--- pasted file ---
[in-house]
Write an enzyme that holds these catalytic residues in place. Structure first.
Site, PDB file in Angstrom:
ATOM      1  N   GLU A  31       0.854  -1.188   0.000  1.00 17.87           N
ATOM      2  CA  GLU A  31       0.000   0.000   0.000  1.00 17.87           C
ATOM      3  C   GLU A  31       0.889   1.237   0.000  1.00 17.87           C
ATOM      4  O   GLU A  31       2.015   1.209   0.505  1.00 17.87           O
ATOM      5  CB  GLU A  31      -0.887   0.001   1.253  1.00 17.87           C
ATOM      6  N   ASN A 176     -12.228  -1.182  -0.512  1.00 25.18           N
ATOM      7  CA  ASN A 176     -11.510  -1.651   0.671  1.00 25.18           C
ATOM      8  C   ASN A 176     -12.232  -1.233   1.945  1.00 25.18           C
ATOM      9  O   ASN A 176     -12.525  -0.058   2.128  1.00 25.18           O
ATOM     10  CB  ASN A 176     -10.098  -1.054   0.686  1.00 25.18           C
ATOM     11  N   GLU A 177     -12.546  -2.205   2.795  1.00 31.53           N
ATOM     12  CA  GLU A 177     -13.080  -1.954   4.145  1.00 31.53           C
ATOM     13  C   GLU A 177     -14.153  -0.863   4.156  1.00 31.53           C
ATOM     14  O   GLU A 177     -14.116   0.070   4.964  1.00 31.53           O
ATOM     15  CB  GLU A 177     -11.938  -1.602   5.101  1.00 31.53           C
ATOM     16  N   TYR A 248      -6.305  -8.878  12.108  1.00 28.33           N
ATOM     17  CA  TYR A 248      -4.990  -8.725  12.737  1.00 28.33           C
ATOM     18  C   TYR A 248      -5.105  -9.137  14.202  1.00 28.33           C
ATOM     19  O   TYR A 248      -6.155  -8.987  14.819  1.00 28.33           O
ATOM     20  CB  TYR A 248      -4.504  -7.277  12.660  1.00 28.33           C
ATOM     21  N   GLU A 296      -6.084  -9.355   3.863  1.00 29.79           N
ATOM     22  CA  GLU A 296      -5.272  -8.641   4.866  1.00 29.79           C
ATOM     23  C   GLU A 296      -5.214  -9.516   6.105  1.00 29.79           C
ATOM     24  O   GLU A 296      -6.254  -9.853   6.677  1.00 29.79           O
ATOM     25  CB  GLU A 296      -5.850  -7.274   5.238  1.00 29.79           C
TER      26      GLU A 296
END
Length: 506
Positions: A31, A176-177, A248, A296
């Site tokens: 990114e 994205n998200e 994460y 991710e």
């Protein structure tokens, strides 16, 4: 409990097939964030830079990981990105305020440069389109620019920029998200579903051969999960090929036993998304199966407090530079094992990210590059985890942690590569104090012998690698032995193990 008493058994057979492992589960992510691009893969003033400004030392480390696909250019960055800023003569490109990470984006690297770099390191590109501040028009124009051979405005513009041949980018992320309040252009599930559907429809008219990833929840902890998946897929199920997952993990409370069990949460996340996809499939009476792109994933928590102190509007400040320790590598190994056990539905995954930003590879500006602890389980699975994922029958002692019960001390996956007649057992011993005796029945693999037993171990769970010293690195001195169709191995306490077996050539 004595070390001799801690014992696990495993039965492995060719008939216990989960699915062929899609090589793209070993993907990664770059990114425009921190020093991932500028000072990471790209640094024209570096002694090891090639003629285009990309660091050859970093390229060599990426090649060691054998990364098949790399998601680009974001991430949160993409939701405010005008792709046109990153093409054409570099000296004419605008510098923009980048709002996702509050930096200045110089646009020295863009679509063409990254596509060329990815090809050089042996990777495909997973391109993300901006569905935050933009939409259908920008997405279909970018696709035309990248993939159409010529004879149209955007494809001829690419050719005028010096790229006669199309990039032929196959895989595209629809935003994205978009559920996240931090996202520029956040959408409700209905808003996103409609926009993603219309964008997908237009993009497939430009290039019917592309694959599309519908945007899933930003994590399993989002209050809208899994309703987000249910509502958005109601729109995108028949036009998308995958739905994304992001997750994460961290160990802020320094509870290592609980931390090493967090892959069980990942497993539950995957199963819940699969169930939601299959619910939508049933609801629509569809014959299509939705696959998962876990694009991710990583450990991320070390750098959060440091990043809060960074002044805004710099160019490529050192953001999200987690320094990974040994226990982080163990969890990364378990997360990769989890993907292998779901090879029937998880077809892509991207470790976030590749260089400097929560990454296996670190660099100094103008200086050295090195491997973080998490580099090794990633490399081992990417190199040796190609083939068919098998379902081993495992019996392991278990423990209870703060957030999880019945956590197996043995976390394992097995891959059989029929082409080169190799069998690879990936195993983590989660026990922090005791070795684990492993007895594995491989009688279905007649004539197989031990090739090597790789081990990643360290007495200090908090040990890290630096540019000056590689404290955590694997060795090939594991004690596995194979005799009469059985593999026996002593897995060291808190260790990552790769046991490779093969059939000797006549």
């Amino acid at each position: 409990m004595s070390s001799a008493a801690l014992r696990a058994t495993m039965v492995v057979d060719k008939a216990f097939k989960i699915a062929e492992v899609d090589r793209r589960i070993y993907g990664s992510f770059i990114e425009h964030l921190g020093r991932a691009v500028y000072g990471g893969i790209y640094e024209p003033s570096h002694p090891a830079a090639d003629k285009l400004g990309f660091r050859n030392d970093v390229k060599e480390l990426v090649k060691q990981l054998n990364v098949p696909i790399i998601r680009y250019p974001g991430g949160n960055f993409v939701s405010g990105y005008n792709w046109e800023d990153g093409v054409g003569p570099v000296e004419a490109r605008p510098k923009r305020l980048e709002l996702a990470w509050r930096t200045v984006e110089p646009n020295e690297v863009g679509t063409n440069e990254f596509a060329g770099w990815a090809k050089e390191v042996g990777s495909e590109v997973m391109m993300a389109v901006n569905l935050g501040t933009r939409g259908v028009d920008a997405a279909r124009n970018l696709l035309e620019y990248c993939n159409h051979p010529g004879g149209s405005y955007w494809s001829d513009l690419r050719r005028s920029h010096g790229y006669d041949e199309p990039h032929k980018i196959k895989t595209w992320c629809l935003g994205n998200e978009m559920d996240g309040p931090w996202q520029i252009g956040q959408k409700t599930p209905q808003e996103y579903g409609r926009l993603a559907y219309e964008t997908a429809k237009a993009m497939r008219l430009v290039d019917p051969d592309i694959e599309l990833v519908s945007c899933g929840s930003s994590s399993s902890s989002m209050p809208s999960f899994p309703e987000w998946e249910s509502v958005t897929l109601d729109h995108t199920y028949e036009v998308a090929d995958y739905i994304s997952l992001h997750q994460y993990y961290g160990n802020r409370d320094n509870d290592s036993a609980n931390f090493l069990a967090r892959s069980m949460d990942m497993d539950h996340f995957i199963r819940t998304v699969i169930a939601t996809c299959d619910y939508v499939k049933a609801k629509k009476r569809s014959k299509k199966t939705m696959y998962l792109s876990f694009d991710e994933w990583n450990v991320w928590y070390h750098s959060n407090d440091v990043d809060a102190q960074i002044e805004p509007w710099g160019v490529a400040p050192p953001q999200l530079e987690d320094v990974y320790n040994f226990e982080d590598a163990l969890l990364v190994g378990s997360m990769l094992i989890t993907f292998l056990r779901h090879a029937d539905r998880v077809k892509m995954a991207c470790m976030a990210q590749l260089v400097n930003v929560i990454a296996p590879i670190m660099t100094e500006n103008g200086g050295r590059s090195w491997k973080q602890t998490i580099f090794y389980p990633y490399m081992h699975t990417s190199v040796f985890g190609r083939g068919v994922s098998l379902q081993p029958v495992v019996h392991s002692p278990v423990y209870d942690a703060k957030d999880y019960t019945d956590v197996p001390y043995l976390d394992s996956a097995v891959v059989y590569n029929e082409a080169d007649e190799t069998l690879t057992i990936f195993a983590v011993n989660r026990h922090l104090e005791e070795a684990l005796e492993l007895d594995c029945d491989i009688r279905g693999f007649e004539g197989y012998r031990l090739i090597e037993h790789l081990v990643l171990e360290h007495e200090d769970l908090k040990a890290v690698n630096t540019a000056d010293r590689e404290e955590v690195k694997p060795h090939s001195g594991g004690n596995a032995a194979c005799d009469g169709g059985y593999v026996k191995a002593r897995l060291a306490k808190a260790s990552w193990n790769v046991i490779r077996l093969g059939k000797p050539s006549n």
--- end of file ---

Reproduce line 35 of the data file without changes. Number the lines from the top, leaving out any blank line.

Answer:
């Amino acid at each position: 409990m004595s070390s001799a008493a801690l014992r696990a058994t495993m039965v492995v057979d060719k008939a216990f097939k989960i699915a062929e492992v899609d090589r793209r589960i070993y993907g990664s992510f770059i990114e425009h964030l921190g020093r991932a691009v500028y000072g990471g893969i790209y640094e024209p003033s570096h002694p090891a830079a090639d003629k285009l400004g990309f660091r050859n030392d970093v390229k060599e480390l990426v090649k060691q990981l054998n990364v098949p696909i790399i998601r680009y250019p974001g991430g949160n960055f993409v939701s405010g990105y005008n792709w046109e800023d990153g093409v054409g003569p570099v000296e004419a490109r605008p510098k923009r305020l980048e709002l996702a990470w509050r930096t200045v984006e110089p646009n020295e690297v863009g679509t063409n440069e990254f596509a060329g770099w990815a090809k050089e390191v042996g990777s495909e590109v997973m391109m993300a389109v901006n569905l935050g501040t933009r939409g259908v028009d920008a997405a279909r124009n970018l696709l035309e620019y990248c993939n159409h051979p010529g004879g149209s405005y955007w494809s001829d513009l690419r050719r005028s920029h010096g790229y006669d041949e199309p990039h032929k980018i196959k895989t595209w992320c629809l935003g994205n998200e978009m559920d996240g309040p931090w996202q520029i252009g956040q959408k409700t599930p209905q808003e996103y579903g409609r926009l993603a559907y219309e964008t997908a429809k237009a993009m497939r008219l430009v290039d019917p051969d592309i694959e599309l990833v519908s945007c899933g929840s930003s994590s399993s902890s989002m209050p809208s999960f899994p309703e987000w998946e249910s509502v958005t897929l109601d729109h995108t199920y028949e036009v998308a090929d995958y739905i994304s997952l992001h997750q994460y993990y961290g160990n802020r409370d320094n509870d290592s036993a609980n931390f090493l069990a967090r892959s069980m949460d990942m497993d539950h996340f995957i199963r819940t998304v699969i169930a939601t996809c299959d619910y939508v499939k049933a609801k629509k009476r569809s014959k299509k199966t939705m696959y998962l792109s876990f694009d991710e994933w990583n450990v991320w928590y070390h750098s959060n407090d440091v990043d809060a102190q960074i002044e805004p509007w710099g160019v490529a400040p050192p953001q999200l530079e987690d320094v990974y320790n040994f226990e982080d590598a163990l969890l990364v190994g378990s997360m990769l094992i989890t993907f292998l056990r779901h090879a029937d539905r998880v077809k892509m995954a991207c470790m976030a990210q590749l260089v400097n930003v929560i990454a296996p590879i670190m660099t100094e500006n103008g200086g050295r590059s090195w491997k973080q602890t998490i580099f090794y389980p990633y490399m081992h699975t990417s190199v040796f985890g190609r083939g068919v994922s098998l379902q081993p029958v495992v019996h392991s002692p278990v423990y209870d942690a703060k957030d999880y019960t019945d956590v197996p001390y043995l976390d394992s996956a097995v891959v059989y590569n029929e082409a080169d007649e190799t069998l690879t057992i990936f195993a983590v011993n989660r026990h922090l104090e005791e070795a684990l005796e492993l007895d594995c029945d491989i009688r279905g693999f007649e004539g197989y012998r031990l090739i090597e037993h790789l081990v990643l171990e360290h007495e200090d769970l908090k040990a890290v690698n630096t540019a000056d010293r590689e404290e955590v690195k694997p060795h090939s001195g594991g004690n596995a032995a194979c005799d009469g169709g059985y593999v026996k191995a002593r897995l060291a306490k808190a260790s990552w193990n790769v046991i490779r077996l093969g059939k000797p050539s006549n």